Joaquín De Luz has been called the “Tom Cruise of ballet” for his physical resemblance to the actor and “action-man attack and intensity.” After a stellar two-decade career in New York, including a 13-year stint as a principal dancer with New York City Ballet, he was appointed artistic director of Spain’s Compañía Nacional de Danza (CND) in 2019. Now established with the Madrid-based company, De Luz is bringing his troupe to the Luckman Fine Arts Complex at Cal State LA on Feb. 15 as part of a six-city North American tour.
For its Luckman debut, the company will be performing a trio of works: Sad Case, a 1998 foray into mambo by choreographers Sol León and Paul Lightfoot; Nacho Duato’s White Darkness, which Duato, who directed CND for 20 years beginning in 1990, wrote as a requiem for his sister; and De Luz’s Passengers Within.
Reached by Zoom in Seattle, where CND was dancing the same triple-bill program, De Luz said that after leaving New York City Ballet, he had no definitive plans.
“It was a little bit of uncertainty, and I was ready for that. I spent 23 years plus at Lincoln Center, [which was] more or less a script of what my life was. I embraced uncertainty, and then this opportunity came about.
“It was a really big challenge to go back to my homeland,” said De Luz, who was born in Madrid in 1976. “When you’re away from a country so long, you idolize it, and I had barely worked in Spain before leaving at a young age. I had a completely different picture when I got back. It’s been a tremendous challenge because the system is different from the one I’m used to in America.”
In addition to bringing CND back after the pandemic, De Luz has had other challenges to deal with. He explained that the troupe, because it currently has no home theater, is basically a touring company, and with no private funding, “there is little possibility of growth. It’s very challenging, and the Ministry [of Culture] needs to change. Spain is a beautiful country to sit outside and have a drink and [experience] the good life with good weather, but to get things going is a hassle.”
Nevertheless, De Luz is attentive to his dancers’ needs. “Being on the other side of the room, you try to give back all your career has given you. I’m a father now, so I think, ‘What am I going to give my son?’ At the end of the day, you learn as you go, and the most fascinating [thing] is the work in the studio.”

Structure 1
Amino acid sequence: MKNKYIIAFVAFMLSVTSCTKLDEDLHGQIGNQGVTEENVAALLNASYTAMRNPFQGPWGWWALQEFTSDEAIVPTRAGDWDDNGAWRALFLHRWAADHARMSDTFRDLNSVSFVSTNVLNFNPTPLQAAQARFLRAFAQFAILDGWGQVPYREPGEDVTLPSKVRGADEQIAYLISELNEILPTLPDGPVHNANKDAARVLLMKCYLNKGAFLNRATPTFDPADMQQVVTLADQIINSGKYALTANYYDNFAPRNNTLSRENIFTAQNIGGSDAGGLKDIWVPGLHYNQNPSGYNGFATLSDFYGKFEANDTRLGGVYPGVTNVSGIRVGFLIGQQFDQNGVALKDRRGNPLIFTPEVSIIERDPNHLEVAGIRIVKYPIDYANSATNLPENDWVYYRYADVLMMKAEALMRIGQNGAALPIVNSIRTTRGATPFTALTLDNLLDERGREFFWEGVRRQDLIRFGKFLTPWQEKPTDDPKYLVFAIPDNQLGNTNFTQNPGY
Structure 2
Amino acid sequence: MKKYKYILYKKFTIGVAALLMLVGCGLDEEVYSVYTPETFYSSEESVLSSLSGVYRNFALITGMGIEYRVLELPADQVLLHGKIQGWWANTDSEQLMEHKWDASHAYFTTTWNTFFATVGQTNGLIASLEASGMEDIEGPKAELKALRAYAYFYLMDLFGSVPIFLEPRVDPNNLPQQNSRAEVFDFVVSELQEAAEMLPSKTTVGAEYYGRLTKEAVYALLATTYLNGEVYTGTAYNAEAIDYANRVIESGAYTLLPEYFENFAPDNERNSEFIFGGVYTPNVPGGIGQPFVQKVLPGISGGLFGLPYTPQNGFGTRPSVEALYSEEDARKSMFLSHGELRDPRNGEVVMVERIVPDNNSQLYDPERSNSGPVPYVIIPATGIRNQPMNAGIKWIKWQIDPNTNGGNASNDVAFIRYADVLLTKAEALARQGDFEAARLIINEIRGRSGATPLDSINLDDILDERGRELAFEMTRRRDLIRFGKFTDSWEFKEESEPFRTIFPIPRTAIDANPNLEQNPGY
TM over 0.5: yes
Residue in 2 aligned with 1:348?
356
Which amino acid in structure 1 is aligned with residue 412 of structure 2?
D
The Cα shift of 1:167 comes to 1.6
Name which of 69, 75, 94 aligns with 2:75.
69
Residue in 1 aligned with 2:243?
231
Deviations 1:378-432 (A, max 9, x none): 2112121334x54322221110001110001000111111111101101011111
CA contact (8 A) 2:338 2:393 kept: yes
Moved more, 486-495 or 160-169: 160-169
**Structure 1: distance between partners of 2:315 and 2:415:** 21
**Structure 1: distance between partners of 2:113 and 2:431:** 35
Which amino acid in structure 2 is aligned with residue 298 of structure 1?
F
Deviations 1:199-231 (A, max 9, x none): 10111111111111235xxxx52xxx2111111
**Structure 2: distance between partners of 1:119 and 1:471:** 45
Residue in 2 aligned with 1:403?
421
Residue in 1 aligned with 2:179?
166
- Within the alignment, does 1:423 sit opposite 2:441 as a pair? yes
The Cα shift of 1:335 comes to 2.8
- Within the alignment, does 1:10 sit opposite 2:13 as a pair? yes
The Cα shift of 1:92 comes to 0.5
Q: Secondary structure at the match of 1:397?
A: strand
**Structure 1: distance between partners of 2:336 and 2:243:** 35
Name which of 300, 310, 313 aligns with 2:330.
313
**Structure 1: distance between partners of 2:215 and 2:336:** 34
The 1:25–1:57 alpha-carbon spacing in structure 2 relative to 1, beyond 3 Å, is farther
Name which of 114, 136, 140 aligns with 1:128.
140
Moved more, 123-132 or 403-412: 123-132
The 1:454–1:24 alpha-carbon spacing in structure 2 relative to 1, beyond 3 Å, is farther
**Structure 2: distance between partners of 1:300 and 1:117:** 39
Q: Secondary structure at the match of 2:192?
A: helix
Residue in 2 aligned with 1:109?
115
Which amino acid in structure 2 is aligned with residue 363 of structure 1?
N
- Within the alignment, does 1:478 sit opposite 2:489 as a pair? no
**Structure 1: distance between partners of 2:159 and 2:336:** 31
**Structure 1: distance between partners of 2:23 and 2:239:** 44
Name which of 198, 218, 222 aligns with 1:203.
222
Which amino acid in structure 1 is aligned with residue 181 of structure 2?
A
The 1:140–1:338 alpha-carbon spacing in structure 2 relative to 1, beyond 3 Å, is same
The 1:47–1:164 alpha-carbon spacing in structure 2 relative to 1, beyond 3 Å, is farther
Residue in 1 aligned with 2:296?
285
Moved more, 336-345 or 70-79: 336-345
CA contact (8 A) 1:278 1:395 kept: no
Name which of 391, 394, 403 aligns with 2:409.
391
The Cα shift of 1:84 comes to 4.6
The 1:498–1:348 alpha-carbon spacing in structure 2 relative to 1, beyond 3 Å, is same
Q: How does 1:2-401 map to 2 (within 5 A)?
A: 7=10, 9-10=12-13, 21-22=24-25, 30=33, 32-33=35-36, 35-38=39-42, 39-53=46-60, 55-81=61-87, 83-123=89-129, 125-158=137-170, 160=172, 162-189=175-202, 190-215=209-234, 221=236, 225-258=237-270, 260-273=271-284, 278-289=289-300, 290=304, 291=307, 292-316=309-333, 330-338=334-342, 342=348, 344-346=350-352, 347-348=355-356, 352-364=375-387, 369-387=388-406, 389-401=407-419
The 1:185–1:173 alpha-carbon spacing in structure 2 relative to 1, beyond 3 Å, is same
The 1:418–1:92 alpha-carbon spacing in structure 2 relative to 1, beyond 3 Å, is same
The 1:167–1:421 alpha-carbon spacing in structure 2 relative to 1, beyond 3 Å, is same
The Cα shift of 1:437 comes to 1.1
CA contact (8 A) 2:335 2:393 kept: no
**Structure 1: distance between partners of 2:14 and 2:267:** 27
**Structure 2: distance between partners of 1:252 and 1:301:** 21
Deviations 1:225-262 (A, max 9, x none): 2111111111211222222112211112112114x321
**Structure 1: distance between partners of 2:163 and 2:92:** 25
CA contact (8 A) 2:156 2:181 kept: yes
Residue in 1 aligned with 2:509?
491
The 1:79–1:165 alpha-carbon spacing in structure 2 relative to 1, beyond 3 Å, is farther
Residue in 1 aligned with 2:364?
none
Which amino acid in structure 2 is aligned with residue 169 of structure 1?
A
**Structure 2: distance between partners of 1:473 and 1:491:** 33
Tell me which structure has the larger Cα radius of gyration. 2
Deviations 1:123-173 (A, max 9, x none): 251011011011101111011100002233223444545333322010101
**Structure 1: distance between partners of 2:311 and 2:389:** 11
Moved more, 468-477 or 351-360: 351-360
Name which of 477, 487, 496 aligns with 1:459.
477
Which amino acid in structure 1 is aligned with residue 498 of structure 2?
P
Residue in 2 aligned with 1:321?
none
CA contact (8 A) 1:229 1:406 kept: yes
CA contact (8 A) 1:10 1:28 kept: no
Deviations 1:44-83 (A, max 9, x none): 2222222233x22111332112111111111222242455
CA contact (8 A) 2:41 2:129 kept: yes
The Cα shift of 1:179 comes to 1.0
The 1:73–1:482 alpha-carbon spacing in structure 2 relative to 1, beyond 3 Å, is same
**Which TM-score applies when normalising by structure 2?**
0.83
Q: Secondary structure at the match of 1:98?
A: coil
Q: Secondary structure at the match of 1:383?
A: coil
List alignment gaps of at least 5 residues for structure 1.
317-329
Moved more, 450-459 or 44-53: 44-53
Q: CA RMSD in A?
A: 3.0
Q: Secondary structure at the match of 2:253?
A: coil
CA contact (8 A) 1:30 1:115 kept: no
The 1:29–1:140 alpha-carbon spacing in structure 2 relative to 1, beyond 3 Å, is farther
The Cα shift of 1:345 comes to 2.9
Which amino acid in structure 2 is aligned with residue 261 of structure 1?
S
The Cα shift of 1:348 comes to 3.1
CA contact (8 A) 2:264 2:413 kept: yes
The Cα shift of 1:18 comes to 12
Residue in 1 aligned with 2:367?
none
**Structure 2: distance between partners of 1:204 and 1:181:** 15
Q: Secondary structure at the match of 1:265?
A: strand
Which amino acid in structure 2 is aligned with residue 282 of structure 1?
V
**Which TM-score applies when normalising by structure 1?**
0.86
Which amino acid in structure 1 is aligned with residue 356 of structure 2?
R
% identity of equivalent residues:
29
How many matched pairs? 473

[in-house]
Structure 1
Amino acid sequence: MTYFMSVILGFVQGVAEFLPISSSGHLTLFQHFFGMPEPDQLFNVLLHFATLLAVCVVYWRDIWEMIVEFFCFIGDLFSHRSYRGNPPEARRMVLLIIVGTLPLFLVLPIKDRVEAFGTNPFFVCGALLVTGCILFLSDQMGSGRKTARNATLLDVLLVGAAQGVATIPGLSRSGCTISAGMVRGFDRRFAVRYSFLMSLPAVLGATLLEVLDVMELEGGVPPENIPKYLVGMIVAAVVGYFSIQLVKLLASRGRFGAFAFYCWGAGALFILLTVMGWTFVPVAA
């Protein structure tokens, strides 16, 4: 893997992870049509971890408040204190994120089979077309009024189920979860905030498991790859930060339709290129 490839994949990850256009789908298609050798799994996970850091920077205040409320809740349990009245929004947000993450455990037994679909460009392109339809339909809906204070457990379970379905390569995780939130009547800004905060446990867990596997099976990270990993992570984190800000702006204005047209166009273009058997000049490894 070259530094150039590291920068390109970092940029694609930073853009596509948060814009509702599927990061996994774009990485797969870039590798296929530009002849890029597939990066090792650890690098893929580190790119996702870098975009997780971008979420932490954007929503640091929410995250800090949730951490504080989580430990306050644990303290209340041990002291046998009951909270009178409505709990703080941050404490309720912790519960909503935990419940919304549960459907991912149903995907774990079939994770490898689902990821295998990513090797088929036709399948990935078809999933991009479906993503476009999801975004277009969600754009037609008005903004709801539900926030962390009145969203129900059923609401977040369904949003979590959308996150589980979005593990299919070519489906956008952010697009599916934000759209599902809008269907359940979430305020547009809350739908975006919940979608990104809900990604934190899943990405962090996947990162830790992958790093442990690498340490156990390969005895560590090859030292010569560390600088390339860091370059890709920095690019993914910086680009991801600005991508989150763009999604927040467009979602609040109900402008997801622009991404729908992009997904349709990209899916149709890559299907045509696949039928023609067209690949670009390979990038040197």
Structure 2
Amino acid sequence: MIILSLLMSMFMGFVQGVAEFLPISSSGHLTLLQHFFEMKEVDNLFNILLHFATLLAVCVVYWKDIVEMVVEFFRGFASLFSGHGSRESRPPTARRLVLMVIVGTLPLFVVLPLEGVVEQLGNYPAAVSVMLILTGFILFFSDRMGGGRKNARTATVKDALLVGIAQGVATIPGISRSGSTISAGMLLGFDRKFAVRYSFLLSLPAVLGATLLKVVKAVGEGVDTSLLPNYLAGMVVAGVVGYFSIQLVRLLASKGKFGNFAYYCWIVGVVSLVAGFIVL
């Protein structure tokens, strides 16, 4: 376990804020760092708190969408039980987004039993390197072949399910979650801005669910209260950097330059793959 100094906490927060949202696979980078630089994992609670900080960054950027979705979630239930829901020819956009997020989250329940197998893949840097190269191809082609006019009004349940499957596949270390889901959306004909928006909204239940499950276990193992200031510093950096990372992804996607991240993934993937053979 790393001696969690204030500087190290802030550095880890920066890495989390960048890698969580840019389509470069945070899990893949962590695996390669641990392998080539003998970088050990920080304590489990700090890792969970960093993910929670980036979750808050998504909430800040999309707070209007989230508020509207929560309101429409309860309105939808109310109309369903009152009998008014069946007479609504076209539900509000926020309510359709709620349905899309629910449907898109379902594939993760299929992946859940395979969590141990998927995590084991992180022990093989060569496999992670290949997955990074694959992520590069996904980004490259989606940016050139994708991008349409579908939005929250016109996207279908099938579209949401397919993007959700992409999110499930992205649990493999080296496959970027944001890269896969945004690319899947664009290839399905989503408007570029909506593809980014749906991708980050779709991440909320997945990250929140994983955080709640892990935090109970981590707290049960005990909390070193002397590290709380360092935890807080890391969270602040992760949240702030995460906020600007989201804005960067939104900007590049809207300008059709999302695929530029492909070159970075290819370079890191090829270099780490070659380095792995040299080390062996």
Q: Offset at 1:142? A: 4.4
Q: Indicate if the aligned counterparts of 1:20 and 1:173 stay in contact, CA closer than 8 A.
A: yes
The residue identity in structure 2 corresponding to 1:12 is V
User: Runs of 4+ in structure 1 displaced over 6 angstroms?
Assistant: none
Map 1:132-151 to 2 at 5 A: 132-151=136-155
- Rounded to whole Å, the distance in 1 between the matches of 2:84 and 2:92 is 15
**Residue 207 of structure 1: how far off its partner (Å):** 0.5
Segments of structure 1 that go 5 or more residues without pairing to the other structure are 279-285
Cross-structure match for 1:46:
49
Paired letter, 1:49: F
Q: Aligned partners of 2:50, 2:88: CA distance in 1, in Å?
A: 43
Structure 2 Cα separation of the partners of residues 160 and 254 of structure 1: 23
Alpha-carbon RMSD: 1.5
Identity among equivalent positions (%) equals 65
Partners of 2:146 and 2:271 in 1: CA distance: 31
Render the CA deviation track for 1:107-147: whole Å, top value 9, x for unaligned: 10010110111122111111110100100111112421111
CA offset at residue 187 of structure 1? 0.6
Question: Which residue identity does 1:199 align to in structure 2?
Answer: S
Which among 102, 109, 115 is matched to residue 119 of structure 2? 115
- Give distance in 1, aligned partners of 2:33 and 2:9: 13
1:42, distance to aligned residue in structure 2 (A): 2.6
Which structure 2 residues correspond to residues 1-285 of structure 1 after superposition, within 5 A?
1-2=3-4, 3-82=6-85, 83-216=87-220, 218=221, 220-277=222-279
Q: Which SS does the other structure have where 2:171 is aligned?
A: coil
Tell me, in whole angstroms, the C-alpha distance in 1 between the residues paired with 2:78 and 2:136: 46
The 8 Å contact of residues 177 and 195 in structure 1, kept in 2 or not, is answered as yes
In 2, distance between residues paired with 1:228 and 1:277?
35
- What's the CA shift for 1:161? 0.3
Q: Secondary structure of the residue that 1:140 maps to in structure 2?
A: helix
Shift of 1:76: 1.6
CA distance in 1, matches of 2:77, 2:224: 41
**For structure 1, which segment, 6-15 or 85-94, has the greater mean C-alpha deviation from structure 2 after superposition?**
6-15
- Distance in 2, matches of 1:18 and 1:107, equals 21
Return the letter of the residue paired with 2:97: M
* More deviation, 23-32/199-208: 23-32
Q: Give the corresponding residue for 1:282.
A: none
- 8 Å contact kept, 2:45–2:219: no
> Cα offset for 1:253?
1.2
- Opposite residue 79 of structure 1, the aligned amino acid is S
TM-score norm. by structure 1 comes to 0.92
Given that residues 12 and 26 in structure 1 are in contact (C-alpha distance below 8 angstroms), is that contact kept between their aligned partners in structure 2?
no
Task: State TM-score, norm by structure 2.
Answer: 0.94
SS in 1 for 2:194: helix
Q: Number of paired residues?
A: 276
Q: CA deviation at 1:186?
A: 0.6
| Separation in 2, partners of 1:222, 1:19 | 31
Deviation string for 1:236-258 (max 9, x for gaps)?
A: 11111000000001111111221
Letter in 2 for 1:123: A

That studio work includes De Luz creating his own choreography, like for Passengers Within. Premiered in 2022 and set to music by Philip Glass, the work, which features 18 dancers, reflects on today’s technologically dependent consumer society.
“Of course, dancers are always creating in our heads, but choreography was never an urge for me,” De Luz said. “I don’t know when the inspiration came, but I had the opportunity here, directing the company. We came back after COVID, and I thought it would be a brilliant idea to make something in house. That’s how it started; it was a spark.”
With 52 dancers on CND’s roster, De Luz knows what he wants in a company member. “My teacher used to say that a dancer has to be good enough technically so you can get to know them by the way they dance. Those kinds of dancers establish a bridge with an audience.
“I also look for musicality, a well-rounded dancer,” De Luz continued. “I have a big group of dancers that can do a lot of the repertory, from the most academic to the most contemporary, and they [all] have musicality, presence, and technique.”
Asked if ballet has the freedom to be more experimental in Europe than in the States, De Luz replied: “In America more than anywhere, it’s going in the direction of people want[ing] to be entertained. In Europe, people want to be moved. Contemporary companies in Europe and Spain, they always have to talk about these dark subjects, heavy sentiment.
“I want to be happy when I come out of the theater,” exclaimed De Luz. “It’s OK now and then to be dark, but everybody’s so sad. I was just judging a competition in Verona as part of Youth America Grand Prix [the world’s largest student ballet scholarship audition], and all these kids, 12 and 13, they’re doing a contemporary solo, and they’re so miserable, so sad. They haven’t gone through anything in life yet, so how can they connect emotionally? What’s wrong with presenting a happy solo?
“In the United States,” De Luz said, “it’s completely the opposite. You want to have fireworks. These things are almost shallow, [and] you forget about it in three or four days. Maybe meeting in the middle would be a good system.”
The director has some advice for aspiring dancers and choreographers. “Fall in love with the climb, not the top of the mountain. The climbing analogy is important [because] you fall, you get scratched by trees, there’s a lot of physical pain. We fall in love by being at the top, but to cherish the top, you have to love this profession.
“Putting in many hours while friends go out for parties is not work. It’s identity. You have to be in love with the process,” De Luz maintained. “I have to speak my truth. I’ve never stopped climbing. I love what I do and what I am. I thought I was going to slow down when my son came, but I danced La Sylphide at 47 a few months ago. I train a lot. It was not easy, but it was worth it.”